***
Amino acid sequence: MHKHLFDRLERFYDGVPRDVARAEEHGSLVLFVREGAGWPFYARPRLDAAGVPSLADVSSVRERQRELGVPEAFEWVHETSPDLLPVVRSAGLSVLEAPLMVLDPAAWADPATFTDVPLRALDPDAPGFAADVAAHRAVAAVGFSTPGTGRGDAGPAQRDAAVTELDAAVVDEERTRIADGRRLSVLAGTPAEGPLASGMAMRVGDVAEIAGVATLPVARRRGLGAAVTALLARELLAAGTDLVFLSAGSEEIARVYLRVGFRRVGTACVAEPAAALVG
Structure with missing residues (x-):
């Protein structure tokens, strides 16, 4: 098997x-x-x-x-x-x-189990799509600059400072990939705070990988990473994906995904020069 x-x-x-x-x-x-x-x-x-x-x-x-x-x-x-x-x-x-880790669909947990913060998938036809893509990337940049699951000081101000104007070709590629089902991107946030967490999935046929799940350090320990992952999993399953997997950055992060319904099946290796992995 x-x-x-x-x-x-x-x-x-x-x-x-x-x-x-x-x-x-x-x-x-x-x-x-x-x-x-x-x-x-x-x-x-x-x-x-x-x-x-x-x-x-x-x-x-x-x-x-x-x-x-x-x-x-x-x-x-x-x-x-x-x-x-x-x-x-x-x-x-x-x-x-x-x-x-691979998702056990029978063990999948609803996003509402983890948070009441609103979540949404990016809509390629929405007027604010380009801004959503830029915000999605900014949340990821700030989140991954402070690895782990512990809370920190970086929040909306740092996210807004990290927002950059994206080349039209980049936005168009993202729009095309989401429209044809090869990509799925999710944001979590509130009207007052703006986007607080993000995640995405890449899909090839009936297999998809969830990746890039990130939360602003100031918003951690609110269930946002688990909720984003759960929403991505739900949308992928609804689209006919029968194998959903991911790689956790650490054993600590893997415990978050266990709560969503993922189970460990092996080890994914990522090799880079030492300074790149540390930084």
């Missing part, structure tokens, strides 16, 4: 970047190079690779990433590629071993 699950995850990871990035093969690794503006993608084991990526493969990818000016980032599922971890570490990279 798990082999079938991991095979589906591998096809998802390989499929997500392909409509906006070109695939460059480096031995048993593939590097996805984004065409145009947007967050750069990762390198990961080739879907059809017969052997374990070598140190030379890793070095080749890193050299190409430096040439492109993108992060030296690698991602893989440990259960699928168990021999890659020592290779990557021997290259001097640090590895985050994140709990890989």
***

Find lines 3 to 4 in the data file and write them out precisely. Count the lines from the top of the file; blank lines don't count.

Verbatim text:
């Protein structure tokens, strides 16, 4: 098997x-x-x-x-x-x-189990799509600059400072990939705070990988990473994906995904020069 x-x-x-x-x-x-x-x-x-x-x-x-x-x-x-x-x-x-880790669909947990913060998938036809893509990337940049699951000081101000104007070709590629089902991107946030967490999935046929799940350090320990992952999993399953997997950055992060319904099946290796992995 x-x-x-x-x-x-x-x-x-x-x-x-x-x-x-x-x-x-x-x-x-x-x-x-x-x-x-x-x-x-x-x-x-x-x-x-x-x-x-x-x-x-x-x-x-x-x-x-x-x-x-x-x-x-x-x-x-x-x-x-x-x-x-x-x-x-x-x-x-x-x-x-x-x-x-691979998702056990029978063990999948609803996003509402983890948070009441609103979540949404990016809509390629929405007027604010380009801004959503830029915000999605900014949340990821700030989140991954402070690895782990512990809370920190970086929040909306740092996210807004990290927002950059994206080349039209980049936005168009993202729009095309989401429209044809090869990509799925999710944001979590509130009207007052703006986007607080993000995640995405890449899909090839009936297999998809969830990746890039990130939360602003100031918003951690609110269930946002688990909720984003759960929403991505739900949308992928609804689209006919029968194998959903991911790689956790650490054993600590893997415990978050266990709560969503993922189970460990092996080890994914990522090799880079030492300074790149540390930084």
């Missing part, structure tokens, strides 16, 4: 970047190079690779990433590629071993 699950995850990871990035093969690794503006993608084991990526493969990818000016980032599922971890570490990279 798990082999079938991991095979589906591998096809998802390989499929997500392909409509906006070109695939460059480096031995048993593939590097996805984004065409145009947007967050750069990762390198990961080739879907059809017969052997374990070598140190030379890793070095080749890193050299190409430096040439492109993108992060030296690698991602893989440990259960699928168990021999890659020592290779990557021997290259001097640090590895985050994140709990890989």